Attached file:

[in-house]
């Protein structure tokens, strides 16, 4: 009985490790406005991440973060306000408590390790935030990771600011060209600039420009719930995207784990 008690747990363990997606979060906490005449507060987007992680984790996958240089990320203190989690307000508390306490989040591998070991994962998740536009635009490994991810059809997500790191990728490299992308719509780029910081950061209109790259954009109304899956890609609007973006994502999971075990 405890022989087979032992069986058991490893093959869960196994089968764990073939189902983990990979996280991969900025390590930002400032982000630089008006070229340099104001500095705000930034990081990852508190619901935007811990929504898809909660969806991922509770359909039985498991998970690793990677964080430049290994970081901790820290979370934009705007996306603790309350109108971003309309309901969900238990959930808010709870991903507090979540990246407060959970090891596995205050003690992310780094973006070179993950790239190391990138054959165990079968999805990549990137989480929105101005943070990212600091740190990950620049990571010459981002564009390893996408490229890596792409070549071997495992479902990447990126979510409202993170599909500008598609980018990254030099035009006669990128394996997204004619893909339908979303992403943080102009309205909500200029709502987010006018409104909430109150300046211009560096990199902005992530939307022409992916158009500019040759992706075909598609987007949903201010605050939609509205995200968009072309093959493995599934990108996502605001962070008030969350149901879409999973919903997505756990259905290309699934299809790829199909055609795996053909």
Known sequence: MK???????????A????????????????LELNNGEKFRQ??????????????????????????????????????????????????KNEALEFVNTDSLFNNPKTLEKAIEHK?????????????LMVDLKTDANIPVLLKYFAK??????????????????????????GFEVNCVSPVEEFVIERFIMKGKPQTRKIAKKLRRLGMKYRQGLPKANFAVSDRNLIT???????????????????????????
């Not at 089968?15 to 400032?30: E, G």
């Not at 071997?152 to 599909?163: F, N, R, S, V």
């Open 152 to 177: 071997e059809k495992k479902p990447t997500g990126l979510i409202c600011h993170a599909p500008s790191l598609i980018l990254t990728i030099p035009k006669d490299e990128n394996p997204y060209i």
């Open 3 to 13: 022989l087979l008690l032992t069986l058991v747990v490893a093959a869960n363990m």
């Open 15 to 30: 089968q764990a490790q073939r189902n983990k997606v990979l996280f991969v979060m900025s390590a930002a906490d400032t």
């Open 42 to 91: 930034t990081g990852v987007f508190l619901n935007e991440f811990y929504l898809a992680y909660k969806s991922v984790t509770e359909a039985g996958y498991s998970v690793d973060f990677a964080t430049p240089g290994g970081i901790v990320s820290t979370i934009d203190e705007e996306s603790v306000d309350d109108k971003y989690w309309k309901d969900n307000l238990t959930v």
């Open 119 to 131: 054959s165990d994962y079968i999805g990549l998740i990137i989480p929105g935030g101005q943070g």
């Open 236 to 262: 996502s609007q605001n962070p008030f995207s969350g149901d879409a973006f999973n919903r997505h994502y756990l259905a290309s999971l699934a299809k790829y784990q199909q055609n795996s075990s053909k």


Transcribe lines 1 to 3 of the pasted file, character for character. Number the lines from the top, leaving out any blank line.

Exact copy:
[in-house]
């Protein structure tokens, strides 16, 4: 009985490790406005991440973060306000408590390790935030990771600011060209600039420009719930995207784990 008690747990363990997606979060906490005449507060987007992680984790996958240089990320203190989690307000508390306490989040591998070991994962998740536009635009490994991810059809997500790191990728490299992308719509780029910081950061209109790259954009109304899956890609609007973006994502999971075990 405890022989087979032992069986058991490893093959869960196994089968764990073939189902983990990979996280991969900025390590930002400032982000630089008006070229340099104001500095705000930034990081990852508190619901935007811990929504898809909660969806991922509770359909039985498991998970690793990677964080430049290994970081901790820290979370934009705007996306603790309350109108971003309309309901969900238990959930808010709870991903507090979540990246407060959970090891596995205050003690992310780094973006070179993950790239190391990138054959165990079968999805990549990137989480929105101005943070990212600091740190990950620049990571010459981002564009390893996408490229890596792409070549071997495992479902990447990126979510409202993170599909500008598609980018990254030099035009006669990128394996997204004619893909339908979303992403943080102009309205909500200029709502987010006018409104909430109150300046211009560096990199902005992530939307022409992916158009500019040759992706075909598609987007949903201010605050939609509205995200968009072309093959493995599934990108996502605001962070008030969350149901879409999973919903997505756990259905290309699934299809790829199909055609795996053909």
Known sequence: MK???????????A????????????????LELNNGEKFRQ??????????????????????????????????????????????????KNEALEFVNTDSLFNNPKTLEKAIEHK?????????????LMVDLKTDANIPVLLKYFAK??????????????????????????GFEVNCVSPVEEFVIERFIMKGKPQTRKIAKKLRRLGMKYRQGLPKANFAVSDRNLIT???????????????????????????